# Calculation of energy changes

## Calculating kinetic energy

The amount of in a moving object can be calculated using the equation:

$kinetic~energy= \frac{1}{2}\times mass \times speed^2$

$E_{k} = \frac{1}{2}~m~v^{2}$

This is when:

• kinetic energy (Ek) is measured in joules (J)
• mass (m) is measured in kilograms (kg)
• speed (v) is measured in metres per second (m/s)

### Example

An apple of mass 100 g falls from a tree. It reaches a speed of 6 m/s before landing on Isaac’s head. What is the gain of kinetic energy of the apple?

$E_{k} = \frac{1}{2}~m~v^{2}$

$E_{k} = \frac{1}{2} \times 0.1 \times6^{2}$

$E_{k} = \frac{1}{2} \times 0.1 \times 36$

$E_{k} = 1.8~J$

Question

How much kinetic energy does a 30 kg dog have when it runs at 4 m/s?

$E_{k} = \frac{1}{2}~m~v^{2}$

$E_{k} = \frac{1}{2} \times 30 \times 4^{2}$

$E_{k} = \frac{1}{2} \times 30 \times 16$

$E_{k} = 240~J$

## Calculating elastic potential energy

The amount of stored in a stretched spring can be calculated using the equation:

$elastic~potential~energy= \frac{1}{2} \times spring~constant \times extension^{2}$

$E_{e}=\frac{1}{2}~k~e^{2}$

This is when:

• elastic potential energy (Ee) is measured in joules (J)
• spring constant (k) is measured in newtons per metre (N/m)
• extension (e) is measured in metres (m)

### Example

Robert stretches a spring with a spring constant of 3 N/m until it is extended by 50 cm. What is the elastic potential energy stored by the spring?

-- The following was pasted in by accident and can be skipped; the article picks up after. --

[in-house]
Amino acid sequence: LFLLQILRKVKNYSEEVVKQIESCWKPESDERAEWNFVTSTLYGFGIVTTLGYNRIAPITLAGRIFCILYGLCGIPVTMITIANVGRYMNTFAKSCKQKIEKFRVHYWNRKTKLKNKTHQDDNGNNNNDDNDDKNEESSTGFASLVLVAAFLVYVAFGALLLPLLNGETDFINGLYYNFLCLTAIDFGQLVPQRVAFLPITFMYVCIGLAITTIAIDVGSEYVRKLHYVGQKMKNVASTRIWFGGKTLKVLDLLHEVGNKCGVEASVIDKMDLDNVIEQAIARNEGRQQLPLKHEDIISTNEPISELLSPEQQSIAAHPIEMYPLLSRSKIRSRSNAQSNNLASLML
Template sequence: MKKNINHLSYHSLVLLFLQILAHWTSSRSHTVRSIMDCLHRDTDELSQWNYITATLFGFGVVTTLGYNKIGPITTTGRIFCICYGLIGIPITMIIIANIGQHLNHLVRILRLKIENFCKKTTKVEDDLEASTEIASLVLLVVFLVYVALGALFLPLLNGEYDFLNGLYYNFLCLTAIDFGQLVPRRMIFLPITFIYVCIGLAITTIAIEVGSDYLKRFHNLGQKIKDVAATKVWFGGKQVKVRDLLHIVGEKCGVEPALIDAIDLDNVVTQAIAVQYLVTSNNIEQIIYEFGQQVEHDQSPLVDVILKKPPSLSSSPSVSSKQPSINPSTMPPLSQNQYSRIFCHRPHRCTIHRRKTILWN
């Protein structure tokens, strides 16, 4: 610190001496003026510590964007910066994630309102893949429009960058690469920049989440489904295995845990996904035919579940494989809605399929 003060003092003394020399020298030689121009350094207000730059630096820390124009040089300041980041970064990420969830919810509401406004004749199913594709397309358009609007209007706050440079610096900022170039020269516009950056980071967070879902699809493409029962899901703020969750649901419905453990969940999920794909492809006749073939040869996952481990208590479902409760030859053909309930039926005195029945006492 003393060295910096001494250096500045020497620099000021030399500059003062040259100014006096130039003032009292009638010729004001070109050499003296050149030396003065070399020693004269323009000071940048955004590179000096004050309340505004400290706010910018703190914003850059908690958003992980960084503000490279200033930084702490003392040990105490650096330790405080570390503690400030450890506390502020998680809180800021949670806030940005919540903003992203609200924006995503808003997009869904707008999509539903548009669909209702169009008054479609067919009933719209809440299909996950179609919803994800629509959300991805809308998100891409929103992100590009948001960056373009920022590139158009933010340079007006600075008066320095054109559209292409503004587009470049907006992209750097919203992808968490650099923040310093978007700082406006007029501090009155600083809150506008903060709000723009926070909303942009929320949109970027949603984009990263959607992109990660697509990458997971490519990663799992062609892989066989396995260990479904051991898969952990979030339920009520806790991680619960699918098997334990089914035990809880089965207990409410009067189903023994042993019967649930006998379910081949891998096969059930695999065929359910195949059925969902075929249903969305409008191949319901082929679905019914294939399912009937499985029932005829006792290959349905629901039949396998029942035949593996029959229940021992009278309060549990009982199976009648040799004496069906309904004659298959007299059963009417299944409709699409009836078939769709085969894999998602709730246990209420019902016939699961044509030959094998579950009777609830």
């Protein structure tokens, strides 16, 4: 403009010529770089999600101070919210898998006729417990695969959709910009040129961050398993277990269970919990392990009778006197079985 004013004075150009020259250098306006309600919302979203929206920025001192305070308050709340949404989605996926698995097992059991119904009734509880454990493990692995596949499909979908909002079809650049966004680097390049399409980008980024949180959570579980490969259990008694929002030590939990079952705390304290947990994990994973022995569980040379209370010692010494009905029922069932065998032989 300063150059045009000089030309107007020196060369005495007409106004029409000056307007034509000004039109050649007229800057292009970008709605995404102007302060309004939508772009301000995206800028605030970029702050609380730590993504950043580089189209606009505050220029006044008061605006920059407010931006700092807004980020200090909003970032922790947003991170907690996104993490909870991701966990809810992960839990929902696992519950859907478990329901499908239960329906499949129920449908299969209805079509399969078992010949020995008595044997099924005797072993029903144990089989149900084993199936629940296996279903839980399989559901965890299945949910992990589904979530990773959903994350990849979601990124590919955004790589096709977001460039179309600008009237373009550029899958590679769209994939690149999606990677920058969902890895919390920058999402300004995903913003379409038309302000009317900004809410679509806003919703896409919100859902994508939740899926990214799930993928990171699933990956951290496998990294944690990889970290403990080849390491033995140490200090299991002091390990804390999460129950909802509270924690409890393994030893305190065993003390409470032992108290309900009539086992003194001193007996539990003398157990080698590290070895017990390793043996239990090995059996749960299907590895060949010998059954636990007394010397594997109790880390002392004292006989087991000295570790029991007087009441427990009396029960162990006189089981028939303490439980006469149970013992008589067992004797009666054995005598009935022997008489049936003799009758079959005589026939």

$E_{e} = \frac{1}{2}~k~e^{2}$

$E_{e} = \frac{1}{2} \times 3\times 0.5^{2}$

$E_{e} = \frac{1}{2} \times 3\times 0.25$

$E_{e} = 0.375~J$

Question

How much elastic potential energy does a spring store when it is compressed by 0.2 m if it has a spring constant of 5 N/m?

$E_{p} = \frac{1}{2}~k~e^{2}$

$E_{e} = \frac{1}{2} \times 5 \times 0.2^{2}$

$E_{e} = \frac{1}{2} \times 5 \times 0.04$

$E_{e} = 0.1~J$

## Calculating gravitational potential energy

The amount of stored by an object at height can be calculated using the equation:

Gravitational potential energy = mass × gravitational field strength × height

$E_{p}=m~g~h$

This is when:

• gravitational potential energy (Ep) is measured in joules (J)
• mass (m) is measured in kilograms (kg)
• gravitational field strength (g) is measured in newtons per kilogram (N/kg
• height (h) is measured in metres (m)

### Example

Galileo takes a 5 kg cannonball to the top of the Tower of Pisa for one of his experiments. The tower is 56 m high. How much gravitational potential energy has the cannonball gained? (g = 10 N/kg)

$E_{p}=m~g~h$

$E_{p}= 5 \times 10 \times 56$

$E_{p}= 2,800 J$

Question

How much gravitational potential energy does a 500 g book gain when it is lifted up 1.5 m onto a shelf?

$E_{p}= m~g~h$

$E_{p}= 0.5 \times 10 \times 1.5$

$E_{p}= 7.5~J$

For any of these equations you may need to change the subject of the formula.

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